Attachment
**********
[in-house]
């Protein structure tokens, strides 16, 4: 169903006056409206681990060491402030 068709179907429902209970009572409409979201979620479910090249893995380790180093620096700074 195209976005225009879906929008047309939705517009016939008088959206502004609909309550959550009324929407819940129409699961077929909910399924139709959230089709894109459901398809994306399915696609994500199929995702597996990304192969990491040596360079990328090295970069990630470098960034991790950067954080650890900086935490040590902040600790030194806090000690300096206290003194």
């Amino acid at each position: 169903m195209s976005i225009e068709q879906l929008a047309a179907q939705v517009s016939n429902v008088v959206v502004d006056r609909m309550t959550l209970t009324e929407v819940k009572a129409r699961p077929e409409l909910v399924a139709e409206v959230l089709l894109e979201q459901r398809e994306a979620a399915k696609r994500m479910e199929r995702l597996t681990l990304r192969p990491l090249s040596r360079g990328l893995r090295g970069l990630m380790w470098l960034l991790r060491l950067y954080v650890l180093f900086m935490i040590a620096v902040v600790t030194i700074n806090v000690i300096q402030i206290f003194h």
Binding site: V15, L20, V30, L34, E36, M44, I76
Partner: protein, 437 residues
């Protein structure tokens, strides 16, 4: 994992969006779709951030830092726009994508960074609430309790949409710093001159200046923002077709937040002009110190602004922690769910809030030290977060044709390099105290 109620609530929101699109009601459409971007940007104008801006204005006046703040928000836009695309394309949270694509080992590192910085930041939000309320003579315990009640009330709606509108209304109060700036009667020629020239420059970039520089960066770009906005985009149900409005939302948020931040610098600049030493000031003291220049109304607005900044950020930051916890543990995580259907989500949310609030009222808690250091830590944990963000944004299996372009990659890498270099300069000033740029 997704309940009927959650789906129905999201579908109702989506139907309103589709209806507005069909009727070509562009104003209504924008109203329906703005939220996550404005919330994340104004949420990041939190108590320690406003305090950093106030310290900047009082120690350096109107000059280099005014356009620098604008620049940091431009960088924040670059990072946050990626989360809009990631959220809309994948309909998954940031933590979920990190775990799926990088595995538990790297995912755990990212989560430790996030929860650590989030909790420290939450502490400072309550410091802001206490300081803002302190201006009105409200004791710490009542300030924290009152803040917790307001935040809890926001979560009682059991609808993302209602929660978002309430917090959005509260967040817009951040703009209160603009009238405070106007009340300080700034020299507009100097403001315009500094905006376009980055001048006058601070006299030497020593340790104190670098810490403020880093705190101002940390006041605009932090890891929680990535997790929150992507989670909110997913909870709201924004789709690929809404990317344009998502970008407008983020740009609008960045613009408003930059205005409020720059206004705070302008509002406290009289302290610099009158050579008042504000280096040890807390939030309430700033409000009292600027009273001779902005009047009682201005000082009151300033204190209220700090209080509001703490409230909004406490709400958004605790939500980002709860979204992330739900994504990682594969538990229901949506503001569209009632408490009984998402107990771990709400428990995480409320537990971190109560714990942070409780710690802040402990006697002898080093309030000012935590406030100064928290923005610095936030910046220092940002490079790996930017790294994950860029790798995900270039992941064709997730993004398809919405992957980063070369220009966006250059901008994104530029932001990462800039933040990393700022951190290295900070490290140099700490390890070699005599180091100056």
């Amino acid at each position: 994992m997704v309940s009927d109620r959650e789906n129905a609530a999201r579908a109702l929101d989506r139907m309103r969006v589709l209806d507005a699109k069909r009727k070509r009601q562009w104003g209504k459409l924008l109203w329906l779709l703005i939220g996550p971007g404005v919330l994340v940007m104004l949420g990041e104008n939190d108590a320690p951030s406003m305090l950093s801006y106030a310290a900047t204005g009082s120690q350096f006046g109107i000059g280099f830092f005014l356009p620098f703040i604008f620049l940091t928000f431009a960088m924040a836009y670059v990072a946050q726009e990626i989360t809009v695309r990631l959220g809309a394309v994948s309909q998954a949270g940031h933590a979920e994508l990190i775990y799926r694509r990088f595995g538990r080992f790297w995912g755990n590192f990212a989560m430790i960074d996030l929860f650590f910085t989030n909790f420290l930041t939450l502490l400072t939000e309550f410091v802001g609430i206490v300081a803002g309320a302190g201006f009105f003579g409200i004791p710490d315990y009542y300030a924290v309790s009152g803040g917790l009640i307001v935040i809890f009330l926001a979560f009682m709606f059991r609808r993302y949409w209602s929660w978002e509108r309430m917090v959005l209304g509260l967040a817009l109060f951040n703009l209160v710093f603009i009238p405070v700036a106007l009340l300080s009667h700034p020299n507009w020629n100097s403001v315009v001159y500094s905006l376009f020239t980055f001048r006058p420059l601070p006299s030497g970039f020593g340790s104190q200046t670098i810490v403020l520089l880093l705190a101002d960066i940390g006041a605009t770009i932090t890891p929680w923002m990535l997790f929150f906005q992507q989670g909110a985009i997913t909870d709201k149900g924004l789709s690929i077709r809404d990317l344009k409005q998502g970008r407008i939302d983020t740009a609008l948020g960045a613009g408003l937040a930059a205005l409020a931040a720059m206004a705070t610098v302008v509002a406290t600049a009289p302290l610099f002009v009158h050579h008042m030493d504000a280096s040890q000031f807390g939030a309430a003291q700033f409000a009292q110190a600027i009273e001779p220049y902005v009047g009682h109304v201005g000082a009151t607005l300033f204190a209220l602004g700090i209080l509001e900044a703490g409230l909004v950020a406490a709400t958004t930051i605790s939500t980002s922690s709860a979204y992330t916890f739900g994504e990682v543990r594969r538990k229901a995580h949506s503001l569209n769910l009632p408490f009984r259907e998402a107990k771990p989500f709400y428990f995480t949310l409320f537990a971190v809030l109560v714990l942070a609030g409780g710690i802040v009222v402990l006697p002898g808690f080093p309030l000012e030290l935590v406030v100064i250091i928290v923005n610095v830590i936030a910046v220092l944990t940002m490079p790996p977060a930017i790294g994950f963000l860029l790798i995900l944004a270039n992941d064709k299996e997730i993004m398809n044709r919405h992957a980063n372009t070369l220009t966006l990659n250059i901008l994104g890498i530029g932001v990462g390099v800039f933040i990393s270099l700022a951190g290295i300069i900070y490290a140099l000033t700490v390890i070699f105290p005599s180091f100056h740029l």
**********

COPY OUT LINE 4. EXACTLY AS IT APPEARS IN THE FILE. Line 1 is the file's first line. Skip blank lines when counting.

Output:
Binding site: V15, L20, V30, L34, E36, M44, I76